“Wala na tayo magagwa, hindi ko na siya aawayin. Patay na anak ko, para saan pa?”
With eyes swollen and gritting teeth, we can all sense her suppressed anger cloaked in grief. Her 7-year old kid just died with a little time to say goodbye. His dreams to be an engineer now rest in a rented casket.. Another future gone in a painful slow motion when two of his classmates connived to wait for him after class, held him tight, and repeatedly punched him. They were 7 year old too. His chest bloated the following day, sleepless nights spent in howling pain until he was brought in the hospital. With a tube cutting through his lungs to help him breathe, he murmured, “I love you, ma, sorry ha. Hindi ko na kaya.”
I cannot comprehend the violence that perpetrated the mind of an 8 year old kid. None of it makes sense. Was it the media? Surroundings? Was it found at home? How can their innocent minds devise a cinematic inspired attack on their classmate? How are they going to have a functional normal life again after everyone accuses them of killing their classmate?
But more than that the bigger question is how can we stop this from happening again?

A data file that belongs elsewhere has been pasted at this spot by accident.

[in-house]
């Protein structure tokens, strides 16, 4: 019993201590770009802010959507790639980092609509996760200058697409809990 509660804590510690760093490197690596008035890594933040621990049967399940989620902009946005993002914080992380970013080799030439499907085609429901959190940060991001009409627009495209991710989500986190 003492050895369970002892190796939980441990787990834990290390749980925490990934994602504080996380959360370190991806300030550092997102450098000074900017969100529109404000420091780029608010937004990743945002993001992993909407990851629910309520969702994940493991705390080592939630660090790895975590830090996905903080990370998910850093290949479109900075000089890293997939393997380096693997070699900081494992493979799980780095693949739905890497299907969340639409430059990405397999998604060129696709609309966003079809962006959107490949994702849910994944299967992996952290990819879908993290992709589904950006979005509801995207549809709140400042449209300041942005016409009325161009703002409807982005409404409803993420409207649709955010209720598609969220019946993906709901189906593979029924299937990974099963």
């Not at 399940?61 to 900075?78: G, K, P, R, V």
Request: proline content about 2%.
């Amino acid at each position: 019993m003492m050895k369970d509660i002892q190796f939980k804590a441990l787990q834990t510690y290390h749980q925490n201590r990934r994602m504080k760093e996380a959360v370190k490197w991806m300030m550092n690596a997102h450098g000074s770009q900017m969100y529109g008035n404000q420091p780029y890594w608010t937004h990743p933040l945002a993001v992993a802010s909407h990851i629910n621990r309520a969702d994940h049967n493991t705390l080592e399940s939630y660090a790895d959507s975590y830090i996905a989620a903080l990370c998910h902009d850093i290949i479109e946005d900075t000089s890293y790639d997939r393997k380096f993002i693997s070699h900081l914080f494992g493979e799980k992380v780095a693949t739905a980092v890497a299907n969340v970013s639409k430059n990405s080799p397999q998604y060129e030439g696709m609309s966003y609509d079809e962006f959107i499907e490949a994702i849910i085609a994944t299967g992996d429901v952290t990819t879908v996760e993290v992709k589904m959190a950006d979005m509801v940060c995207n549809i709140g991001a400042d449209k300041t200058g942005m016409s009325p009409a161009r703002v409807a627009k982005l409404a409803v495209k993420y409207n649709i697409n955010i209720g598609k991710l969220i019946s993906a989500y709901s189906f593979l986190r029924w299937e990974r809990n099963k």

In Edutopia.org, tips on how to prevent bullying were narrowed down for school administrators and teachers. Tips are:
- Know Your School and District Policies on Bullying Do your part to implement them effectively.
- Treat Students and Others with Warmth and Respect Let students know that you are available to listen and help them.
- Conduct Classroom Activities around Bullying Help your class identify bullying in books, TV shows and movies, and discuss the impact of that bullying and how it was/could be resolved. Hold class meetings in which students can talk about bullying and peer relations.
- Discuss Bullying with Colleagues As a group, you will be better able to monitor the school environment. Discuss both bullying in general and concerns regarding specific students.
- Take Immediate Action Failure to act provides tacit approval of the behavior and can cause it to spread.
It’s such a bitter pill to swallow that it had to take a kid’s life to wake us up that bullying can kill. We must act now.